Hunter’s Corner: Ice fishing in mind as season cools off

For the Monitor
Published: 11/1/2016 12:00:55 AM

October is always a transitional month for me from concentrating on fishing to concentrating on hunting. Robb and I had one more fishing adventure before the season closed with an additional angler, Ranee. Ranee had been wanting to go out with us for sometime, and as long as the weather gods favored us it would be a good run. As it turned out, it was a near perfect day on the water.

Professor Robb proceeded to explain to his mother what we were doing. Robb’s job is to get us on fish and my job is to put on a lure or streamer fly that will tempt a trout to bite. We were fishing Pleasant Lake and the depths from the chart that was on my fish finder were at odds with the actual depths we were experiencing. Overall, the lake was down 2 ½ feet due to the drought. We were printing some exceptionally large fish which we took to be brown trout. We were printing bait plumes all over the lake. We thought given the cooling of the surface water temperature conditions might be right for a bite. However, it was not to be but Ranee had such a great time that she will be ready to go again next year.

We have friends that have a camp on Pleasant Lake and our plans are to ice fish from the camp come January. Given the predicted cold winter, it should be much better for ice anglers than 2015. We were able survey the bottom, and it was clear and sandy with no vegetation – sweet. Thirty feet from shore the depth was 12 feet. Fish are moving under the ice looking for food. This spot has promise.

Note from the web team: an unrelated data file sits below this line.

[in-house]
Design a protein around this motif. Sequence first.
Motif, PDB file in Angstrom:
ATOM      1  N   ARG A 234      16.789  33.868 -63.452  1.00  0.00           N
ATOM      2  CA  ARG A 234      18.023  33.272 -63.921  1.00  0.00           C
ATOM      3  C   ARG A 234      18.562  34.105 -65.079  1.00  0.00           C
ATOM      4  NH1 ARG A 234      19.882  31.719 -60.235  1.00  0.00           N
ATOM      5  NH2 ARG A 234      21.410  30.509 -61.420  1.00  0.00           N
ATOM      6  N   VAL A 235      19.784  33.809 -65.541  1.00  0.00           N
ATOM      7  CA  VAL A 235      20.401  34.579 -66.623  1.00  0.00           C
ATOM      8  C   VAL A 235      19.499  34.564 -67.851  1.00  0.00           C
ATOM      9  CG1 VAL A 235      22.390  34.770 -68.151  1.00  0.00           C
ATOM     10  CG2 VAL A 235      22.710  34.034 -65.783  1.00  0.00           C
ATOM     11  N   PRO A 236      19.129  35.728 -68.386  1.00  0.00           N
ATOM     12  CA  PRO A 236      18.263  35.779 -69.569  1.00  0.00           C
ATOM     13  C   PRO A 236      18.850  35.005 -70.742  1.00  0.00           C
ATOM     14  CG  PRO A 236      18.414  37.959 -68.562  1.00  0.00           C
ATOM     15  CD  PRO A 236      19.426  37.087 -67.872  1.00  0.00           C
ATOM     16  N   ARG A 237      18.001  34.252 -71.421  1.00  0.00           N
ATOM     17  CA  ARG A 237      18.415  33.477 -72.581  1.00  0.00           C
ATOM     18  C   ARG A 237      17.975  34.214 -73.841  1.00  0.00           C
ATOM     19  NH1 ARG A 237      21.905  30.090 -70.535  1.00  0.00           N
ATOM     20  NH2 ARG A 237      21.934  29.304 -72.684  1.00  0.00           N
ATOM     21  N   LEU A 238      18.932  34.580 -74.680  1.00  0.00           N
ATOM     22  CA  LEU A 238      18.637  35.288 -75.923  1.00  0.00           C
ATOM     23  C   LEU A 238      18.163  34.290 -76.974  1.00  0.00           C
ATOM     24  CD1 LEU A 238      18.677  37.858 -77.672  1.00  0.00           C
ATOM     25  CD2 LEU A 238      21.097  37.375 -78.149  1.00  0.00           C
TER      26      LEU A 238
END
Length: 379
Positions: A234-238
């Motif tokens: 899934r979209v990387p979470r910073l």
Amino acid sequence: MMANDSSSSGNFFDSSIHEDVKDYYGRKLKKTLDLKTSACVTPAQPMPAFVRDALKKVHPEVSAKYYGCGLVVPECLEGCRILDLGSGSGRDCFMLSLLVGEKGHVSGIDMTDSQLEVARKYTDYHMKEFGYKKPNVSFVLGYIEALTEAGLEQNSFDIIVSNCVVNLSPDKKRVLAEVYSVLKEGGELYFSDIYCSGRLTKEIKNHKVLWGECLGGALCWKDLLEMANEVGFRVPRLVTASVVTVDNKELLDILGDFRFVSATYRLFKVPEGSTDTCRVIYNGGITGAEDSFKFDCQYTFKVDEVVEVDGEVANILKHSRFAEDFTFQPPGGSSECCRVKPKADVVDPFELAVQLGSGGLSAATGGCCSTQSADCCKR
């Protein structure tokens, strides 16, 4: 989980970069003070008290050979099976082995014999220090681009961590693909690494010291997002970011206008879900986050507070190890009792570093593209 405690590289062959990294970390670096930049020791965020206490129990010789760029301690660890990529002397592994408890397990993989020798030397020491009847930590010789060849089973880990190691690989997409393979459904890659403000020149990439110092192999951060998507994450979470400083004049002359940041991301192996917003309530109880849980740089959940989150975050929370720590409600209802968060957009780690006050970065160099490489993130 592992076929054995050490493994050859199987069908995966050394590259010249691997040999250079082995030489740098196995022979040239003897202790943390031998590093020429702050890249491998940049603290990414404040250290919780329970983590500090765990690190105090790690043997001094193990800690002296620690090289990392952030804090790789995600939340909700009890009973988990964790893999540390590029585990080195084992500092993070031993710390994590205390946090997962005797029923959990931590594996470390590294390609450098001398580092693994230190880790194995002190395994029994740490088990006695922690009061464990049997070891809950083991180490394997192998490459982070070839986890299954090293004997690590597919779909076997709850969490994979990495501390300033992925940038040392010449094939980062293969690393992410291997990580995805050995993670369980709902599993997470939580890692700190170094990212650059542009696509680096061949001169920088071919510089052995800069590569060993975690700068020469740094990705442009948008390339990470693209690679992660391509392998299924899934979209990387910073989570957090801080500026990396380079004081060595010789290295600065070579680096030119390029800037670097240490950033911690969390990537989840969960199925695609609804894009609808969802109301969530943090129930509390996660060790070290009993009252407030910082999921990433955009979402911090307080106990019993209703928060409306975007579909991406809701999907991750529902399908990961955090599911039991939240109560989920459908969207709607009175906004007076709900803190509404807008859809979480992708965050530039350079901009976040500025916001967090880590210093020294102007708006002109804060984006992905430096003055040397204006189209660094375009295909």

Fly anglers tend to be a finicky group. Some purists can be downright fanatical. So when I am reading of the results of a fly fishing contest with the champion wining the contest using a mop fly, I can only imagine the shock of the fellow competitors. I must admit I have never heard of a mop fly and quickly went on line to find out what it looked like and sure enough, it is made from a section of a mop. The fly is colored in several colors.

My brother who lives in Montana has had good luck ice fishing with a beaded wholly bugger. I have not experienced the same luck. I think the mop fly jigged through the ice just might be the ticket for multiple species. I’ll let you know next year.

Robb and I made it out to Hopkinton again and had the opportunity to watch two dogs go through their paces. The first was a German short hair named Yogi. Short hairs tend to range and Yogi answered to vocal commands in an excellent manner. Next was an 18-month-old springer spaniel named Luke. Springers come in two flavors: black and white, and liver and white. Luke was a handsome black and white. I have seldom seen a dog more eager to hunt than Luke. His master had trained Luke to act on whistle commands. Luke was a joy to watch. The flight birds were in and we had fun that day.